I will definitely concede on the search function. Its just as retarded as it was in Vista. Just turning off the indexer goes a long way. I would like to see that be the default on a new install. For myself, this is probably the most annoying thing about vista/win7.

Comment: Re:Why does Slashdot constantly side with PirateBa (Score 1) 329

by Bio)-(azard (#28129459) Attached to: Judge Reviewing Pirate Bay Trial Bias Is Removed

*sigh*

TPB is openly facilitating the said act. And in doing so, share the guilt of the individuals.

And of course using his logic, if the individuals believe that file sharing is not wrong then certainly they will think that TPB is not wrong either.

If you don't understand the concept sharing something that is not yours to begin with is stealing, then this whole conversation is a moot point anyway.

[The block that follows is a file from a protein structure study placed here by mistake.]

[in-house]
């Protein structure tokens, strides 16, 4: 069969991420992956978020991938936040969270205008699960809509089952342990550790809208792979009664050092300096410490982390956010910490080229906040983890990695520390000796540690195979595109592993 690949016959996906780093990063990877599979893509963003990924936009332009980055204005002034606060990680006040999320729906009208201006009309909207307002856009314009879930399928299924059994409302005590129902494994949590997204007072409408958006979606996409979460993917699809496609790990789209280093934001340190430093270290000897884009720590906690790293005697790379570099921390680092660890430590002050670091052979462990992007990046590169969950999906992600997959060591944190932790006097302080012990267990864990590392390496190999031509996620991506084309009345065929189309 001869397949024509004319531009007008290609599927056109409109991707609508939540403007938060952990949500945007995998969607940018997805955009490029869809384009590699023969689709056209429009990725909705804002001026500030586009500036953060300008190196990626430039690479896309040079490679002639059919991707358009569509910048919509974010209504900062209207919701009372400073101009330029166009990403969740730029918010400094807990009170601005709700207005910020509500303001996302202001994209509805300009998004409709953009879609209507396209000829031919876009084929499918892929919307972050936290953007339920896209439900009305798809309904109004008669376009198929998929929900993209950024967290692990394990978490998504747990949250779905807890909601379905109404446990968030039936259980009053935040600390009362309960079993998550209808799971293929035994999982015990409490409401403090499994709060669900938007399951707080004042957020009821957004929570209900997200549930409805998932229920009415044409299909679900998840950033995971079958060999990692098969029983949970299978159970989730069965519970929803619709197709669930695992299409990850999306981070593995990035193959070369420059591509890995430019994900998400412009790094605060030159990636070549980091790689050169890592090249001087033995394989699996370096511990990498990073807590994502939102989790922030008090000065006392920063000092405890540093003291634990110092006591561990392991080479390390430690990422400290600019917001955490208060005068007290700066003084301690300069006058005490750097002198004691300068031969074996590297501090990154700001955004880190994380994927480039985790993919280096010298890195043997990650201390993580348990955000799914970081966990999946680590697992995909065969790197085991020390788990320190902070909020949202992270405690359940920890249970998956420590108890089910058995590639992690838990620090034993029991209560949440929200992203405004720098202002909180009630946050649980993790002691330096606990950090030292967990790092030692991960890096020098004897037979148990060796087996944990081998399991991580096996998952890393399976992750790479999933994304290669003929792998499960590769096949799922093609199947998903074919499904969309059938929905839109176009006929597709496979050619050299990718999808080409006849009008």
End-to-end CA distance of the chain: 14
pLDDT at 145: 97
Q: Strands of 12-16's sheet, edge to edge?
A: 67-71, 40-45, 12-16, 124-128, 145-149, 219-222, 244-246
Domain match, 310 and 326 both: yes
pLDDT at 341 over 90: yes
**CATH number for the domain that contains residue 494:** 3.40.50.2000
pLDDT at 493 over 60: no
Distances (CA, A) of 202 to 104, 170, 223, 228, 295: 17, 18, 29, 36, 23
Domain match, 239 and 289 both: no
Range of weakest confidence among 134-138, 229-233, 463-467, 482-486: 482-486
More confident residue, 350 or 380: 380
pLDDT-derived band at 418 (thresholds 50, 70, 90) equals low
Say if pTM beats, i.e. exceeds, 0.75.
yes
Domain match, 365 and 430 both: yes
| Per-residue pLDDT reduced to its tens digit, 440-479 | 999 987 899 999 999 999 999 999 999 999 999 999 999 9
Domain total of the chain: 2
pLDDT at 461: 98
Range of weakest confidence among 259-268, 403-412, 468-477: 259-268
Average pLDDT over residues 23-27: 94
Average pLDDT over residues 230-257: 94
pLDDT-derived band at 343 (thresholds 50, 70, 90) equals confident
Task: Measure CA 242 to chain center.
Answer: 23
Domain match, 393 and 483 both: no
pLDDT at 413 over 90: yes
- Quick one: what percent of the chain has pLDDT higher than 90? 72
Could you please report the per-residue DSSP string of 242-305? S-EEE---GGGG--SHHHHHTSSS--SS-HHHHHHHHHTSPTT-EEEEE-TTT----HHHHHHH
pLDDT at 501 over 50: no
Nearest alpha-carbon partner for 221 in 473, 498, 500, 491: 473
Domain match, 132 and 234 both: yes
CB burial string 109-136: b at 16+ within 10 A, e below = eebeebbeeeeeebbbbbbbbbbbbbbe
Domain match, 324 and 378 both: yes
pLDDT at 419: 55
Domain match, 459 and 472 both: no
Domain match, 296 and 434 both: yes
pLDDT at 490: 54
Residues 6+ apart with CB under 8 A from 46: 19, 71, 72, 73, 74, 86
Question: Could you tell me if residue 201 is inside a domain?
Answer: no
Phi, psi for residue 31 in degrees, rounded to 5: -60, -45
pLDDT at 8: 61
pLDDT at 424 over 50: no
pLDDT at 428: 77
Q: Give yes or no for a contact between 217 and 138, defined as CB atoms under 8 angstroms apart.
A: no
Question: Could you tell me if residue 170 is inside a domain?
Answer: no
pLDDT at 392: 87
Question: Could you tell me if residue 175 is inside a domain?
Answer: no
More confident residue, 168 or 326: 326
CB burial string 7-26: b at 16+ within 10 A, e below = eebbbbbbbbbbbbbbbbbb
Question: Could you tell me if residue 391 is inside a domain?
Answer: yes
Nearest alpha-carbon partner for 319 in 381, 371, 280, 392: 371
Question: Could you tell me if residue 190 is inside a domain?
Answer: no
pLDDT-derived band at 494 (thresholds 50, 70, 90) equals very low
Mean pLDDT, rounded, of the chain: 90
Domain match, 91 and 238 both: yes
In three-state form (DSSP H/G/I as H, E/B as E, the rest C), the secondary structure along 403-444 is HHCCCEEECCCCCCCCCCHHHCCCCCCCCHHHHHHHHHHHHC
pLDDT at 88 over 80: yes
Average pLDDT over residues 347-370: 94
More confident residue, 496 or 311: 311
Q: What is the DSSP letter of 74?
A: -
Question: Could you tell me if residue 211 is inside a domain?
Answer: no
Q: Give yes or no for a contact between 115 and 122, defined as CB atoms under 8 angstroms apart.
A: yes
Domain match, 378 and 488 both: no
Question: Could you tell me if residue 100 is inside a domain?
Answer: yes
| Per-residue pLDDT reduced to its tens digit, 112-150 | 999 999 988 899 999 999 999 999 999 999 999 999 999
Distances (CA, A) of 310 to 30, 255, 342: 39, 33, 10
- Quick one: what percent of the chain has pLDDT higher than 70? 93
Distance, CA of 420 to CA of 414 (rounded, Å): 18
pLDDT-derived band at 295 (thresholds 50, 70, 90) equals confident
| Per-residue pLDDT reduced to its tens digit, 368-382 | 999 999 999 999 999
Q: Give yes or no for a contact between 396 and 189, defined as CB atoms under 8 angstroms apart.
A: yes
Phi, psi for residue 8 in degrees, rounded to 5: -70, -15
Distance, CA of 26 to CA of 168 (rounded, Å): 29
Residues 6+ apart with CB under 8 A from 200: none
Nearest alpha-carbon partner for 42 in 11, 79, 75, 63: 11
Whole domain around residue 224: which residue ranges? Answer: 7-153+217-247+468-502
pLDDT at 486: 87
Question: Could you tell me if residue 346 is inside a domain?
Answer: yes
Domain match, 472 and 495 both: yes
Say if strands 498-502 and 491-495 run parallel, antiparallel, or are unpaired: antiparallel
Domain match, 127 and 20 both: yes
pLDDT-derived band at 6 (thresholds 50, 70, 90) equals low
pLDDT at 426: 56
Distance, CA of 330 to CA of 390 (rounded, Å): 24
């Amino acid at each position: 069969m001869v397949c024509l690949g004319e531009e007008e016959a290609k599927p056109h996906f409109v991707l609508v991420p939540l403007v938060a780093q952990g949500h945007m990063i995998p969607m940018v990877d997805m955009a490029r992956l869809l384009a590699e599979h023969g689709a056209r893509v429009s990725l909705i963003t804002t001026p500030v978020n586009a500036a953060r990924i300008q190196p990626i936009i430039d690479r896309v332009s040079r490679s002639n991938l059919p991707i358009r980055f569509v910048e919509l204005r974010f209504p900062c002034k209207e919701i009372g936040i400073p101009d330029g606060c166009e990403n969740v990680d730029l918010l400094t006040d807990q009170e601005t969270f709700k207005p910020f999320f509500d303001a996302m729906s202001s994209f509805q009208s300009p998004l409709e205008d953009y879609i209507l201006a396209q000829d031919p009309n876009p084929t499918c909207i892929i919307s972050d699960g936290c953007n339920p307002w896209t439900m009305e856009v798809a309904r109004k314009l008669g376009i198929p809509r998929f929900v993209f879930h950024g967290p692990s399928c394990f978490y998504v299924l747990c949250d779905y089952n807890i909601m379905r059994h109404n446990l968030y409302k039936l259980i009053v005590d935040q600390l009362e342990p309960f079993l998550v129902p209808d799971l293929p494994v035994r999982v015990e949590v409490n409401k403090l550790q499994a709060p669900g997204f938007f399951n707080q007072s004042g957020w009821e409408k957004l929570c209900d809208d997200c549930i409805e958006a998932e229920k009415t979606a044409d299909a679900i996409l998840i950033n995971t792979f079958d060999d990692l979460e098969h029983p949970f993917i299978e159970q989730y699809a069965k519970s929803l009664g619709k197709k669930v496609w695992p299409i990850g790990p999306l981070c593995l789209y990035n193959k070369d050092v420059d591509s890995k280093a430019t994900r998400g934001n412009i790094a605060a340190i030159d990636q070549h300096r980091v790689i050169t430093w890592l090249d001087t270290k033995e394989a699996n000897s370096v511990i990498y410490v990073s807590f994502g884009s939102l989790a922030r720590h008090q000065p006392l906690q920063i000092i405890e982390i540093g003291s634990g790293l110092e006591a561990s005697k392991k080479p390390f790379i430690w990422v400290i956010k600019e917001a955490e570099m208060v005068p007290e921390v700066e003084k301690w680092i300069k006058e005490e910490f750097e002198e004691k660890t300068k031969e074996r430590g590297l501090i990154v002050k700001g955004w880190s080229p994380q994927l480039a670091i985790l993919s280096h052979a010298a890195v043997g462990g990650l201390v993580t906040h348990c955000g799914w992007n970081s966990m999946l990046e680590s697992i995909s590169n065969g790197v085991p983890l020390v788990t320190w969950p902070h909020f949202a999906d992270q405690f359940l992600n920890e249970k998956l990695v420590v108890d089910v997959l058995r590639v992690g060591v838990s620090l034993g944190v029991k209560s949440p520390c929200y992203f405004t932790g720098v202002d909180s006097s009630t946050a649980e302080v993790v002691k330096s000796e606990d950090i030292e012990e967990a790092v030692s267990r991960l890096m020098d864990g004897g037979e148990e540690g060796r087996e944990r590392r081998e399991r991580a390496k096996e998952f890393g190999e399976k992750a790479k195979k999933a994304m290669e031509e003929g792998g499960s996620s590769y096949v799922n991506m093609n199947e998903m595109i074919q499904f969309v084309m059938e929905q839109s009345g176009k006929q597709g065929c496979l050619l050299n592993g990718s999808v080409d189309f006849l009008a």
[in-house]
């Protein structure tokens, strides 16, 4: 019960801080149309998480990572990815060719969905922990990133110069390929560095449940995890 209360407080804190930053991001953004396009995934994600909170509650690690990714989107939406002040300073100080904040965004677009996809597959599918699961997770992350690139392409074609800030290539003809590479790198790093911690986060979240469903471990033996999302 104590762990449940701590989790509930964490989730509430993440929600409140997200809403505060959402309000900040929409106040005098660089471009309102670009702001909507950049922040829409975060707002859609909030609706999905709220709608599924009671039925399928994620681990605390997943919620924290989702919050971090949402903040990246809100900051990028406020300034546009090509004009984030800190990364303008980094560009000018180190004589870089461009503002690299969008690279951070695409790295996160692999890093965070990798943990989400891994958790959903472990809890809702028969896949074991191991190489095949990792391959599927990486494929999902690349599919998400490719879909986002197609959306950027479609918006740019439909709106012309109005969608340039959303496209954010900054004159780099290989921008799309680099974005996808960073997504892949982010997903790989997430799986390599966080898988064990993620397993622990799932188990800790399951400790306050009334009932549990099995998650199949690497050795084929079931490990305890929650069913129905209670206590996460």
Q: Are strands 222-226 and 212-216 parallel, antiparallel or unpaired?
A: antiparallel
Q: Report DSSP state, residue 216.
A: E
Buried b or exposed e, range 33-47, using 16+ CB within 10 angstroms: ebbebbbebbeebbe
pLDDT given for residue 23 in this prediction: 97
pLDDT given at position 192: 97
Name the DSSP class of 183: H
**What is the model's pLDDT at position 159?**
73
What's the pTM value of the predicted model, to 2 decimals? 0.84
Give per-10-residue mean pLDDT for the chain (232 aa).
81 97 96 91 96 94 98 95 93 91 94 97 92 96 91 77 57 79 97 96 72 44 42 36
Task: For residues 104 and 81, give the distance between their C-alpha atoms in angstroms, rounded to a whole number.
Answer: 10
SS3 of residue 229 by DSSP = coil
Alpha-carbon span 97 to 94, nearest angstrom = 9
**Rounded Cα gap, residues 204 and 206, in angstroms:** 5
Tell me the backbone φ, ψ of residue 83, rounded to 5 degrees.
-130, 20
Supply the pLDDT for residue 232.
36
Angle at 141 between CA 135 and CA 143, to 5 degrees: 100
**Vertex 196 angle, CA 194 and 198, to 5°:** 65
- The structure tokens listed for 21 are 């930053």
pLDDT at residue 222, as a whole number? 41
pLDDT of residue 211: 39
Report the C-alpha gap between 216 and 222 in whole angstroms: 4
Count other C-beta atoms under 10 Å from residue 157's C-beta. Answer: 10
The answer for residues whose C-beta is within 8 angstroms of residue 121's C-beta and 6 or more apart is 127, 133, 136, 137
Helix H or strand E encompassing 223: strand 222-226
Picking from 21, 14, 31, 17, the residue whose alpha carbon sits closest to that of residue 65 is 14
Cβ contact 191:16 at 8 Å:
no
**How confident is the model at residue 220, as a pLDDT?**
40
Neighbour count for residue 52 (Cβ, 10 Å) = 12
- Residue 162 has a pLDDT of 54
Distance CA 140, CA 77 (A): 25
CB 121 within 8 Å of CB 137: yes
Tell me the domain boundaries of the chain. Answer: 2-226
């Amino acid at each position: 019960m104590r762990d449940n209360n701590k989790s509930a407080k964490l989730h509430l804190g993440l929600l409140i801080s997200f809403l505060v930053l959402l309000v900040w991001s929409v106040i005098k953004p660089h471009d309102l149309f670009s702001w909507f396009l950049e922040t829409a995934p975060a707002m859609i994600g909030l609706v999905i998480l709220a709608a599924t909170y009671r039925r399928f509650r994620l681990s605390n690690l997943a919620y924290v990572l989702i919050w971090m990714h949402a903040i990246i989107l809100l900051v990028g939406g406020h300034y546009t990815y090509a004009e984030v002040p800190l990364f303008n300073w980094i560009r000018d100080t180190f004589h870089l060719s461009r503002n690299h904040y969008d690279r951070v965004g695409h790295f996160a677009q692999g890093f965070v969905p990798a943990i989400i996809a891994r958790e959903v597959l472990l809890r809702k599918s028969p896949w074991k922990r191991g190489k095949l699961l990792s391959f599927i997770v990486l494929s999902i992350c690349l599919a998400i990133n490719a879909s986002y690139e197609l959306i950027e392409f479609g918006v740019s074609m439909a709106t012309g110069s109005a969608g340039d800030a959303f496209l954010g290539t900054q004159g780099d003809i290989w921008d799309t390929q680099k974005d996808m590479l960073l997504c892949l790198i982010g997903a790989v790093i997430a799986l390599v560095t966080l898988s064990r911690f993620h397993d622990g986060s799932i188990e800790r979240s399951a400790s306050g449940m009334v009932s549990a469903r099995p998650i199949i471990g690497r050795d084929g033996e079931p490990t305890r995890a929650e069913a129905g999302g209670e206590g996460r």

Comment: Re:Why does Slashdot constantly side with PirateBa (Score 1) 329

by Bio)-(azard (#28060787) Attached to: Judge Reviewing Pirate Bay Trial Bias Is Removed

However, in this case your characterization is inaccurate. The Pirate Bay was not "running a major piracy ring." They were providing a technology that enabled the masses to run their own piracy ring(s), but that is different. To rework an old analogy: It would be inaccurate to say that handgun manufacturers were robbing gas stations. It can be argued that they enable illegal activities, but if they were held legally responsible for the actions of the users of their product and forced to shut down, the 2nd Amendment would effectively be right out the window.